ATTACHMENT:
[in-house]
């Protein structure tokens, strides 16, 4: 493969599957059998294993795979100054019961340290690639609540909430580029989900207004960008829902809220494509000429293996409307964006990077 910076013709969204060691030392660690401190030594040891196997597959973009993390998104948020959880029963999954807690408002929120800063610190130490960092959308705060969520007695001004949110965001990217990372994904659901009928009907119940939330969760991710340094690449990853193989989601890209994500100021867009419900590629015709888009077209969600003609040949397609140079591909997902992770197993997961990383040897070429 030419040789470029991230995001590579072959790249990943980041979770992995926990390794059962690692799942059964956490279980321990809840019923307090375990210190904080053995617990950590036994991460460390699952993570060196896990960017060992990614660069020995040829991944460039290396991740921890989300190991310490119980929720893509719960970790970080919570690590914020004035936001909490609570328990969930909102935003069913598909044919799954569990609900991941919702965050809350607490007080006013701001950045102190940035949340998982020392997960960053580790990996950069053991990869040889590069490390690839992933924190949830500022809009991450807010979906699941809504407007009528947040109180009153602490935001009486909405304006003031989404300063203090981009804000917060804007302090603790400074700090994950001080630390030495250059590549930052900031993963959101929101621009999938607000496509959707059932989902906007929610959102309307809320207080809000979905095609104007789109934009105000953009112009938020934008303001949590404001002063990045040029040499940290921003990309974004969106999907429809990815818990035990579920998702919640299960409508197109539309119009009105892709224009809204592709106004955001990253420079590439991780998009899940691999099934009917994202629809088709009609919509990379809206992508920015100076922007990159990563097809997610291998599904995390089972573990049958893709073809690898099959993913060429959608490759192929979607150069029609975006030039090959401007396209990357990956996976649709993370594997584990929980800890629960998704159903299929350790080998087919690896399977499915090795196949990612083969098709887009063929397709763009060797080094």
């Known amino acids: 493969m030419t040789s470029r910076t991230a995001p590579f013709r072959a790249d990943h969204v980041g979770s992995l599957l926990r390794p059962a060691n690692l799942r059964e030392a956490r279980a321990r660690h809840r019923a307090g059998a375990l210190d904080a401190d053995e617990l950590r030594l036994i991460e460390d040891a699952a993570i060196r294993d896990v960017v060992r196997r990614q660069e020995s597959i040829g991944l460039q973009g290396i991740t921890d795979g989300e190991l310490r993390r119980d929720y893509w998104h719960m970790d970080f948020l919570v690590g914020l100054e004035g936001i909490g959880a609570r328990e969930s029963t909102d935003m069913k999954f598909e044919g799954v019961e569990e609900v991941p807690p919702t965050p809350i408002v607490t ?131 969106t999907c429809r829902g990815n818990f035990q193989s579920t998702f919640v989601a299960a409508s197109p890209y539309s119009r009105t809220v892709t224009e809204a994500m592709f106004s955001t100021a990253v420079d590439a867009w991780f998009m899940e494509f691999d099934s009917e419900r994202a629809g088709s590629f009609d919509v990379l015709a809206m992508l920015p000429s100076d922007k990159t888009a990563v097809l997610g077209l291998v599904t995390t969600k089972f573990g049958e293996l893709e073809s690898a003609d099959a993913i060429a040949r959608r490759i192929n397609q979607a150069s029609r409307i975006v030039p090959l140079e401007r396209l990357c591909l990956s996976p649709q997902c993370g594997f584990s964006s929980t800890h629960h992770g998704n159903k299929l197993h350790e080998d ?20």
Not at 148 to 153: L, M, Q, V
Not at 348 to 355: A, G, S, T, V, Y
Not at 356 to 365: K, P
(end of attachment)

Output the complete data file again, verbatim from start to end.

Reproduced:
[in-house]
């Protein structure tokens, strides 16, 4: 493969599957059998294993795979100054019961340290690639609540909430580029989900207004960008829902809220494509000429293996409307964006990077 910076013709969204060691030392660690401190030594040891196997597959973009993390998104948020959880029963999954807690408002929120800063610190130490960092959308705060969520007695001004949110965001990217990372994904659901009928009907119940939330969760991710340094690449990853193989989601890209994500100021867009419900590629015709888009077209969600003609040949397609140079591909997902992770197993997961990383040897070429 030419040789470029991230995001590579072959790249990943980041979770992995926990390794059962690692799942059964956490279980321990809840019923307090375990210190904080053995617990950590036994991460460390699952993570060196896990960017060992990614660069020995040829991944460039290396991740921890989300190991310490119980929720893509719960970790970080919570690590914020004035936001909490609570328990969930909102935003069913598909044919799954569990609900991941919702965050809350607490007080006013701001950045102190940035949340998982020392997960960053580790990996950069053991990869040889590069490390690839992933924190949830500022809009991450807010979906699941809504407007009528947040109180009153602490935001009486909405304006003031989404300063203090981009804000917060804007302090603790400074700090994950001080630390030495250059590549930052900031993963959101929101621009999938607000496509959707059932989902906007929610959102309307809320207080809000979905095609104007789109934009105000953009112009938020934008303001949590404001002063990045040029040499940290921003990309974004969106999907429809990815818990035990579920998702919640299960409508197109539309119009009105892709224009809204592709106004955001990253420079590439991780998009899940691999099934009917994202629809088709009609919509990379809206992508920015100076922007990159990563097809997610291998599904995390089972573990049958893709073809690898099959993913060429959608490759192929979607150069029609975006030039090959401007396209990357990956996976649709993370594997584990929980800890629960998704159903299929350790080998087919690896399977499915090795196949990612083969098709887009063929397709763009060797080094």
């Known amino acids: 493969m030419t040789s470029r910076t991230a995001p590579f013709r072959a790249d990943h969204v980041g979770s992995l599957l926990r390794p059962a060691n690692l799942r059964e030392a956490r279980a321990r660690h809840r019923a307090g059998a375990l210190d904080a401190d053995e617990l950590r030594l036994i991460e460390d040891a699952a993570i060196r294993d896990v960017v060992r196997r990614q660069e020995s597959i040829g991944l460039q973009g290396i991740t921890d795979g989300e190991l310490r993390r119980d929720y893509w998104h719960m970790d970080f948020l919570v690590g914020l100054e004035g936001i909490g959880a609570r328990e969930s029963t909102d935003m069913k999954f598909e044919g799954v019961e569990e609900v991941p807690p919702t965050p809350i408002v607490t ?131 969106t999907c429809r829902g990815n818990f035990q193989s579920t998702f919640v989601a299960a409508s197109p890209y539309s119009r009105t809220v892709t224009e809204a994500m592709f106004s955001t100021a990253v420079d590439a867009w991780f998009m899940e494509f691999d099934s009917e419900r994202a629809g088709s590629f009609d919509v990379l015709a809206m992508l920015p000429s100076d922007k990159t888009a990563v097809l997610g077209l291998v599904t995390t969600k089972f573990g049958e293996l893709e073809s690898a003609d099959a993913i060429a040949r959608r490759i192929n397609q979607a150069s029609r409307i975006v030039p090959l140079e401007r396209l990357c591909l990956s996976p649709q997902c993370g594997f584990s964006s929980t800890h629960h992770g998704n159903k299929l197993h350790e080998d ?20």
Not at 148 to 153: L, M, Q, V
Not at 348 to 355: A, G, S, T, V, Y
Not at 356 to 365: K, P